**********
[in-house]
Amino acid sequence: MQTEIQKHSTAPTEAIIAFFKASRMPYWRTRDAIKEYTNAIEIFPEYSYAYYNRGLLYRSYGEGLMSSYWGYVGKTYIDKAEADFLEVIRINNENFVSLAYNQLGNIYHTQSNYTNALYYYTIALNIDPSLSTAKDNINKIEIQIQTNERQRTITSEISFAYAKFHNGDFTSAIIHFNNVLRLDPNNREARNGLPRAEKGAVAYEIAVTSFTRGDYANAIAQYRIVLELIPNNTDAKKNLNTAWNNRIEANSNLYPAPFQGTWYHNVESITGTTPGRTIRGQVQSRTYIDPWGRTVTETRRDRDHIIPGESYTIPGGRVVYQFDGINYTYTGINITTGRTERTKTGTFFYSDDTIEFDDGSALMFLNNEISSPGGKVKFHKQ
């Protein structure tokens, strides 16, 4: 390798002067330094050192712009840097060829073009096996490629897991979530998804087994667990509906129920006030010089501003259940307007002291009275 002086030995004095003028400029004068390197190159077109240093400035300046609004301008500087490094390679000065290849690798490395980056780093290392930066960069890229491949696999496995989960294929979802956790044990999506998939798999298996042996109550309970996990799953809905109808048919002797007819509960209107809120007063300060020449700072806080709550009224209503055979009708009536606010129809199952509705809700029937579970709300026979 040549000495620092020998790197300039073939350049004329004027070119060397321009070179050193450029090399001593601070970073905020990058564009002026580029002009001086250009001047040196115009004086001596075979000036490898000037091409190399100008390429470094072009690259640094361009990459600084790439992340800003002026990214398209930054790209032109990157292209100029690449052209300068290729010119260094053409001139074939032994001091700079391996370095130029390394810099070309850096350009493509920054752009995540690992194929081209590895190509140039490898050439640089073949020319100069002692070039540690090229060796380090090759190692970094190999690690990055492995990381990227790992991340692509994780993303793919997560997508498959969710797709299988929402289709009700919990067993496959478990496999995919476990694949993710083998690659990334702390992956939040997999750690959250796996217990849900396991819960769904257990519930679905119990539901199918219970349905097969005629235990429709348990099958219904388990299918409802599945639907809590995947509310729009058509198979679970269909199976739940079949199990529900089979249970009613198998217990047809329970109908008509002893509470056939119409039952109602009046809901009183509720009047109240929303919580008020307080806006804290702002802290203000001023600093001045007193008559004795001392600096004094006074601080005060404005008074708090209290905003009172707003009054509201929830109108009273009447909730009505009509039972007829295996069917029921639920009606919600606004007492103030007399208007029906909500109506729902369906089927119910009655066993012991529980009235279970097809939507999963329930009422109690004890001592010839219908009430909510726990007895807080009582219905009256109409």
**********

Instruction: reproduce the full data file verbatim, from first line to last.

[in-house]
Amino acid sequence: MQTEIQKHSTAPTEAIIAFFKASRMPYWRTRDAIKEYTNAIEIFPEYSYAYYNRGLLYRSYGEGLMSSYWGYVGKTYIDKAEADFLEVIRINNENFVSLAYNQLGNIYHTQSNYTNALYYYTIALNIDPSLSTAKDNINKIEIQIQTNERQRTITSEISFAYAKFHNGDFTSAIIHFNNVLRLDPNNREARNGLPRAEKGAVAYEIAVTSFTRGDYANAIAQYRIVLELIPNNTDAKKNLNTAWNNRIEANSNLYPAPFQGTWYHNVESITGTTPGRTIRGQVQSRTYIDPWGRTVTETRRDRDHIIPGESYTIPGGRVVYQFDGINYTYTGINITTGRTERTKTGTFFYSDDTIEFDDGSALMFLNNEISSPGGKVKFHKQ
């Protein structure tokens, strides 16, 4: 390798002067330094050192712009840097060829073009096996490629897991979530998804087994667990509906129920006030010089501003259940307007002291009275 002086030995004095003028400029004068390197190159077109240093400035300046609004301008500087490094390679000065290849690798490395980056780093290392930066960069890229491949696999496995989960294929979802956790044990999506998939798999298996042996109550309970996990799953809905109808048919002797007819509960209107809120007063300060020449700072806080709550009224209503055979009708009536606010129809199952509705809700029937579970709300026979 040549000495620092020998790197300039073939350049004329004027070119060397321009070179050193450029090399001593601070970073905020990058564009002026580029002009001086250009001047040196115009004086001596075979000036490898000037091409190399100008390429470094072009690259640094361009990459600084790439992340800003002026990214398209930054790209032109990157292209100029690449052209300068290729010119260094053409001139074939032994001091700079391996370095130029390394810099070309850096350009493509920054752009995540690992194929081209590895190509140039490898050439640089073949020319100069002692070039540690090229060796380090090759190692970094190999690690990055492995990381990227790992991340692509994780993303793919997560997508498959969710797709299988929402289709009700919990067993496959478990496999995919476990694949993710083998690659990334702390992956939040997999750690959250796996217990849900396991819960769904257990519930679905119990539901199918219970349905097969005629235990429709348990099958219904388990299918409802599945639907809590995947509310729009058509198979679970269909199976739940079949199990529900089979249970009613198998217990047809329970109908008509002893509470056939119409039952109602009046809901009183509720009047109240929303919580008020307080806006804290702002802290203000001023600093001045007193008559004795001392600096004094006074601080005060404005008074708090209290905003009172707003009054509201929830109108009273009447909730009505009509039972007829295996069917029921639920009606919600606004007492103030007399208007029906909500109506729902369906089927119910009655066993012991529980009235279970097809939507999963329930009422109690004890001592010839219908009430909510726990007895807080009582219905009256109409």